The past year has been unique and challenging for everyone around the world with the quick spread of the Covid-19 virus resulting in a global lockdown and creating an immediate drop in economic productivity.
I was quite surprised when the gross domestic product (GDP), after contracting by 5% in the first quarter of 2020, fell another 31% in the second quarter of 2020.
However, I was very excited when it rebounded, rising 33% in the third quarter of 2020. This was mainly due to the Trump administration employing immediate stimulus packages and monetary policies to prevent a major crash.
Still, lofty valuation levels keep many investors from having higher optimism in equity markets. Many analysts now expect only moderate returns in 2021. This is based upon the V-shape economic recovery staying on track, as well as a successful Covid-19 vaccine deployment.
The Coronavirus Aid, Relief and Economic Assistance Act (CARES Act), passed on March 25, expired at the end of December 2020. An extension was signed at the end of that month, yet many struggling businesses impacted by the virus and forced shutdowns face the risk of permanent loss.
Analysts expect the government to continue to provide more stimulus packages in 2021 along with other government fiscal spending, including changes to foreign tariffs to help both small and large businesses succeed.
During times of heightened risks and market volatility, it’s a great time to review your goals and objectives and make sure your portfolio is aligned accordingly. A diversified portfolio that includes holdings in a variety of asset classes can reduce overall portfolio volatility and improve risk-adjusted-performance.
Asset allocation strategy
With a positive economic outlook, equities are still expected to outperform fixed-income investments in 2021. However, instead of being too tactical in the sub-asset classes, consider shifting your portfolio from an asset allocation positioning to a patient, disciplined, and valued security selection.
The reason I make this statement is that the market still seems expensive and we are still dealing with many uncertainties. There is a saying on Wall Street, “Bulls make money, bears make money, pigs get slaughtered.” It’s a warning to investors about excessive greed.
After all, as of November 30, 2020, the market was up over 60% from March 2020 correction and more than 400% since the March 2009 financial crisis bottom.
Investors have received higher than average returns during this period and they should be quite grateful for single-digit returns in the year to come.
Therefore, look for large-cap stocks that have strong balance sheets, dividend growth, access to capital as well as being innovative in 2021, companies such as AT&T (T).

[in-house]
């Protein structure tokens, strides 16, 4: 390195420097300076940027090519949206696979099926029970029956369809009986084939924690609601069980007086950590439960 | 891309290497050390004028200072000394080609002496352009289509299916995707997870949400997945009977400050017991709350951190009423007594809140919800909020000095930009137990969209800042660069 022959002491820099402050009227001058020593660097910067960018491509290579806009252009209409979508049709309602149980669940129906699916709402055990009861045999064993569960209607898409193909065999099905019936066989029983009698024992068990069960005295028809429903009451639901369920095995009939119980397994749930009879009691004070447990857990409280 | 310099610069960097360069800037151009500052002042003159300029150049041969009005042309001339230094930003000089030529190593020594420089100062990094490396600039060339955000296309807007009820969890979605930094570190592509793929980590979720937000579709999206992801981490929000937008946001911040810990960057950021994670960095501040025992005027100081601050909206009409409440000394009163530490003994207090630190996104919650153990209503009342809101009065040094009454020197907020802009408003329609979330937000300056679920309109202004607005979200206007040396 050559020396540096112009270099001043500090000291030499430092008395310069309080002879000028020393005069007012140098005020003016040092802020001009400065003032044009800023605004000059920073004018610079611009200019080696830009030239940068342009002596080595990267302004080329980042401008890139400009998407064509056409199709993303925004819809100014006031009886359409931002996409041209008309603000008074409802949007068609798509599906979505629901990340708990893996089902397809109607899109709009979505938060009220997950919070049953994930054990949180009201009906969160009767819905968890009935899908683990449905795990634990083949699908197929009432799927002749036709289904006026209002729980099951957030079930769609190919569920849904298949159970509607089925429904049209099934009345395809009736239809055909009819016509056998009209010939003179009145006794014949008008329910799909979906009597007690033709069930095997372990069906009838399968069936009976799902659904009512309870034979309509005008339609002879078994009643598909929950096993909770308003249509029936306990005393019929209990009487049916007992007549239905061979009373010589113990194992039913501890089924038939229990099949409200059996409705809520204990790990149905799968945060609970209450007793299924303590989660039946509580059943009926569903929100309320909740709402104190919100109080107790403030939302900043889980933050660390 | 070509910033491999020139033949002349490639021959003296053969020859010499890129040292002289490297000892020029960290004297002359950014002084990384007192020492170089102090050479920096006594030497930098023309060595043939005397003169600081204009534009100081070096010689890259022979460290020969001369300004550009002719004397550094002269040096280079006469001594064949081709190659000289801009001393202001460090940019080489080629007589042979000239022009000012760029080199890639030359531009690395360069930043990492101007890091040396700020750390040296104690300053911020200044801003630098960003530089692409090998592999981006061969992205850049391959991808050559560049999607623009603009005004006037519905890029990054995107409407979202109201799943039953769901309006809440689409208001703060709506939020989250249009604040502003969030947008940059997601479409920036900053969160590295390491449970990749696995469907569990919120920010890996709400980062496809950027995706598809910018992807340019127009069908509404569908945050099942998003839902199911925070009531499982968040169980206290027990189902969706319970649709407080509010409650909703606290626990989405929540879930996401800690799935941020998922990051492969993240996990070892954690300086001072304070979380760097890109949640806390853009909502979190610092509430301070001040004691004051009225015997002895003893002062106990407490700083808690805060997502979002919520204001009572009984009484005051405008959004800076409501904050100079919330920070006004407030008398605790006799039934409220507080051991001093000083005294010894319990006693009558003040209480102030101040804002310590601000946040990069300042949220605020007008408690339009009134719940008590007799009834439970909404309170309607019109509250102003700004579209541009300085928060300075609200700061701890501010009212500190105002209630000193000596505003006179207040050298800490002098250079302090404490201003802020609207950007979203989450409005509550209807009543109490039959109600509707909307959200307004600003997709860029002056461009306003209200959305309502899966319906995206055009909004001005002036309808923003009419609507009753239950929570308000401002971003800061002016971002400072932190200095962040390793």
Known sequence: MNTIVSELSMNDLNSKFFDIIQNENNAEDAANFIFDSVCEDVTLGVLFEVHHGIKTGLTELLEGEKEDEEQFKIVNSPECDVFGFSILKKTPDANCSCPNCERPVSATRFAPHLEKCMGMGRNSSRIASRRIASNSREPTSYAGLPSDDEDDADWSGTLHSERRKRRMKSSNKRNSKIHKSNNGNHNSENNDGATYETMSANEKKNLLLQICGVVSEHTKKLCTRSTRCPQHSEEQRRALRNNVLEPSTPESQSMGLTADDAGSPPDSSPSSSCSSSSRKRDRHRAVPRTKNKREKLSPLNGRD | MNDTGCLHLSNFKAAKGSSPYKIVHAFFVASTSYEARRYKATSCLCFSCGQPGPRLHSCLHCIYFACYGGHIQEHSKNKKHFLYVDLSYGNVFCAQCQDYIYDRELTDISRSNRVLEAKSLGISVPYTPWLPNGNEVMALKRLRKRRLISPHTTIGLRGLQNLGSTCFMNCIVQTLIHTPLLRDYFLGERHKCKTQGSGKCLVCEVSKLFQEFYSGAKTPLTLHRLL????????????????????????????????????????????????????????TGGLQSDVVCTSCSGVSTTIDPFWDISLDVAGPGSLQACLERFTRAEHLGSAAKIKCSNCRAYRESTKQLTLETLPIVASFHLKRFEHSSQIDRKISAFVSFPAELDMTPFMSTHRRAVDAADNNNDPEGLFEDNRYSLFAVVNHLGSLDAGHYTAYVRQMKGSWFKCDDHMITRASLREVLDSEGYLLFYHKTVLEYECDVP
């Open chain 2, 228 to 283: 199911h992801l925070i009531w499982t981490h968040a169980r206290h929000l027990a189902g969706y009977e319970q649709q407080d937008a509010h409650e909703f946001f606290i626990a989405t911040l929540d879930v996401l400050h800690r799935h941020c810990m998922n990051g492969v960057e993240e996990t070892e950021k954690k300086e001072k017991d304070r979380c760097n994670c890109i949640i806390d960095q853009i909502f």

AT&T owns HBO/Cinemax and is looking to work with Hollywood in releasing movies to stream on their 5G network the same say as theater releases are scheduled. That should generate huge earnings for the company. Plus, T already pays a high dividend of 6.8%.
PepsiCo (PEP) would also be a great stock to consider. With its diversification across the globe and within many business segments PEP is positioned well for global recovery and the weaker U.S. dollar. PepsiCo also has an attractive dividend of 2.8%.
Kimberly Clark (KMB), a household products company since 1872, produces tissues, toilet paper, paper towels, soaps, and more. It was a pandemic favorite as such supplies were swept off the shelf in 2020. Plus, it pays a 3.2% dividend.
If you are going to make a tactical asset allocation adjustment within your portfolio, focus on domestic small-cap and mid-cap equities. Most analysts expect both the Russell Midcap (MDY) and Russell 2000 Small-Cap (IJR) index to rebound with a modest upside.
It might also make sense to add or increase your portfolio exposure within emerging markets using the iShares MSCI Emerging Markets ETF (EEM) as incoming President Biden will reconnect past trade relationship and is likely to eliminate some of President Trump’s tariffs.
Nevertheless, the growth prospects for developed international countries appear weaker than those for the United States.
Also with fixed-income yields relatively low, investors may want to diversify their holdings to seek yield in products outside of traditional bonds.
As uncertainties fade and with the continued support from the Federal Reserve in U.S. credit markets, investors should consider intermediate and long-term investment grade as well as high-yield corporate credit as they will pay a higher premium.
Consider the iShares Broad USD High Yield Corporate Bond ETF (USHY) or iShares 20+ Year Treasury Bond ETF (TLT).